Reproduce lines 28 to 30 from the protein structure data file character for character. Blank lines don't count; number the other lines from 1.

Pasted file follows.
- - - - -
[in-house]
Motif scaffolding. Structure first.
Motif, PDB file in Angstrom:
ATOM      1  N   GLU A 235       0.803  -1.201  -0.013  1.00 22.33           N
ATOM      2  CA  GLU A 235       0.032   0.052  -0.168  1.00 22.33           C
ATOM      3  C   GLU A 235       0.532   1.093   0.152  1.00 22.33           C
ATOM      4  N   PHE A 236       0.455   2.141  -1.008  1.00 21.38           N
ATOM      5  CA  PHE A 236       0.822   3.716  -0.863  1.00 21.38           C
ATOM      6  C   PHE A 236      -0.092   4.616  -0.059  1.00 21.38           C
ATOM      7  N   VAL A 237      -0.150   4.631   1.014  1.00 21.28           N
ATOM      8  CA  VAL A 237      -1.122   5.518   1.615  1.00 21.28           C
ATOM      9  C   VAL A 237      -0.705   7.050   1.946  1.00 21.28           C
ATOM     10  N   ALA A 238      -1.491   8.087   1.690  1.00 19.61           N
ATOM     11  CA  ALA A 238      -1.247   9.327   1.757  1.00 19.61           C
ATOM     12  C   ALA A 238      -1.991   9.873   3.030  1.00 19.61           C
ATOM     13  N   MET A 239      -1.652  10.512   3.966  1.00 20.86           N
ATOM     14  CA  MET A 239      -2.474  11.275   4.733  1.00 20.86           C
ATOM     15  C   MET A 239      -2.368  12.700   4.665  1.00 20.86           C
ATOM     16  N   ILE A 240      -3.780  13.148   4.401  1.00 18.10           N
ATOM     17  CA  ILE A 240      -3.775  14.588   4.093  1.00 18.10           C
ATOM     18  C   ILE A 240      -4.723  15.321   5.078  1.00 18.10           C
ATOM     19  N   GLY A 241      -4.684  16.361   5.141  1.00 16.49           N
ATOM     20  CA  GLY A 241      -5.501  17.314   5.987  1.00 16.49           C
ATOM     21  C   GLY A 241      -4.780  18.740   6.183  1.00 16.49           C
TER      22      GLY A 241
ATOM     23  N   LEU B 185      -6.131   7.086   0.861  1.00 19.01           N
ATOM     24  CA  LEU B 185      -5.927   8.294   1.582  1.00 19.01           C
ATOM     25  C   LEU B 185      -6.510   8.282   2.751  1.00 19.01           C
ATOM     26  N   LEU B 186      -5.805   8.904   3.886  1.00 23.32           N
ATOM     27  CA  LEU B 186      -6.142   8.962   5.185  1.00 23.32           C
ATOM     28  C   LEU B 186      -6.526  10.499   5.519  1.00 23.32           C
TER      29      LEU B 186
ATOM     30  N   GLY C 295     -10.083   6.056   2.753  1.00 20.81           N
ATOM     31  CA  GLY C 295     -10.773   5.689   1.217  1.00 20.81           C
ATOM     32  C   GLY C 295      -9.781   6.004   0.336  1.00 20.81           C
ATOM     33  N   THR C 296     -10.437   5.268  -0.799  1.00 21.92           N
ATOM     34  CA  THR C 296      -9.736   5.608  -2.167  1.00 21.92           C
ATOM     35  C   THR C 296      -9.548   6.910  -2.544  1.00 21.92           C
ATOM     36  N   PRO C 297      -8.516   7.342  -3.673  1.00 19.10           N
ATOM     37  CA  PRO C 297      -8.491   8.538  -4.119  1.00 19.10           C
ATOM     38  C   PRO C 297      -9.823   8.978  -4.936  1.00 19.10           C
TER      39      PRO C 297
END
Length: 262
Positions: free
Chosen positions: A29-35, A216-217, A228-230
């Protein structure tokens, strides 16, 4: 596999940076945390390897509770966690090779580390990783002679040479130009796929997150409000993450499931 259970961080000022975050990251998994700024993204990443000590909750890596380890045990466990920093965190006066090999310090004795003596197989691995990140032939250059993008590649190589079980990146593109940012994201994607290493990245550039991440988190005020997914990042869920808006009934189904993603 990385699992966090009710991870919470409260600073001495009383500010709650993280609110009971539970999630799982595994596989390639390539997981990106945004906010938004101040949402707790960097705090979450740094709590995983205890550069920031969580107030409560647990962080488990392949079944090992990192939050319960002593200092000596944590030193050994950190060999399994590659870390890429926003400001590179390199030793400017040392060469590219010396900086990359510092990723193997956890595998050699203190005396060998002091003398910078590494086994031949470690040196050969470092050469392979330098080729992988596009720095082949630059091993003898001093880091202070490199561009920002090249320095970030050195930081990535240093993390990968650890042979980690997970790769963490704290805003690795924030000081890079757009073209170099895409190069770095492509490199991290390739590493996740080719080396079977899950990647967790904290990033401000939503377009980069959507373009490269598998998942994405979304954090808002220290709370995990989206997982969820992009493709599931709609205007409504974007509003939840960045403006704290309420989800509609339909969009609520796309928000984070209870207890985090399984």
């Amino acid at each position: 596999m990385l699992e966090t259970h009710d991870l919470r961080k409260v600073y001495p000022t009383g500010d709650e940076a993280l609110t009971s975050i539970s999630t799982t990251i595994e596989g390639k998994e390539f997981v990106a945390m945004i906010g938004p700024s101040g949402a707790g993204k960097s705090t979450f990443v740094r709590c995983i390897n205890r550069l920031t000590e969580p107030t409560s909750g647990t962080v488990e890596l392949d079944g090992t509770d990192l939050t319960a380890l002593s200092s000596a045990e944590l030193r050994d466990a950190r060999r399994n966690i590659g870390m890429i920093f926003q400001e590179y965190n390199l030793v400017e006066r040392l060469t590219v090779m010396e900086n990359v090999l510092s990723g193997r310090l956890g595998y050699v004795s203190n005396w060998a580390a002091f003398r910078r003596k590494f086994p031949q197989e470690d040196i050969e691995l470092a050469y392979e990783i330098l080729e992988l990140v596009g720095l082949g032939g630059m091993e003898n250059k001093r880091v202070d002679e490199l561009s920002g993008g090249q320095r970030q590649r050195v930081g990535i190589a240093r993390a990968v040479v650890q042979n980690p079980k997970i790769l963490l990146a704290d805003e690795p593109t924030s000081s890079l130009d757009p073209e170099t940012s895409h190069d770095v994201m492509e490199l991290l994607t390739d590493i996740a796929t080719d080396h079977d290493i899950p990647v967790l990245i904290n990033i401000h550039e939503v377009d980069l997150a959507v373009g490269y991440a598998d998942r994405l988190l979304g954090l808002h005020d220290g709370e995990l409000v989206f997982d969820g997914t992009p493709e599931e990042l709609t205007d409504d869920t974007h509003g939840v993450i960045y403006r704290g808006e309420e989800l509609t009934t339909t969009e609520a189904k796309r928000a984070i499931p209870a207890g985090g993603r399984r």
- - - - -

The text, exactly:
ATOM     25  C   LEU B 185      -6.510   8.282   2.751  1.00 19.01           C
ATOM     26  N   LEU B 186      -5.805   8.904   3.886  1.00 23.32           N
ATOM     27  CA  LEU B 186      -6.142   8.962   5.185  1.00 23.32           C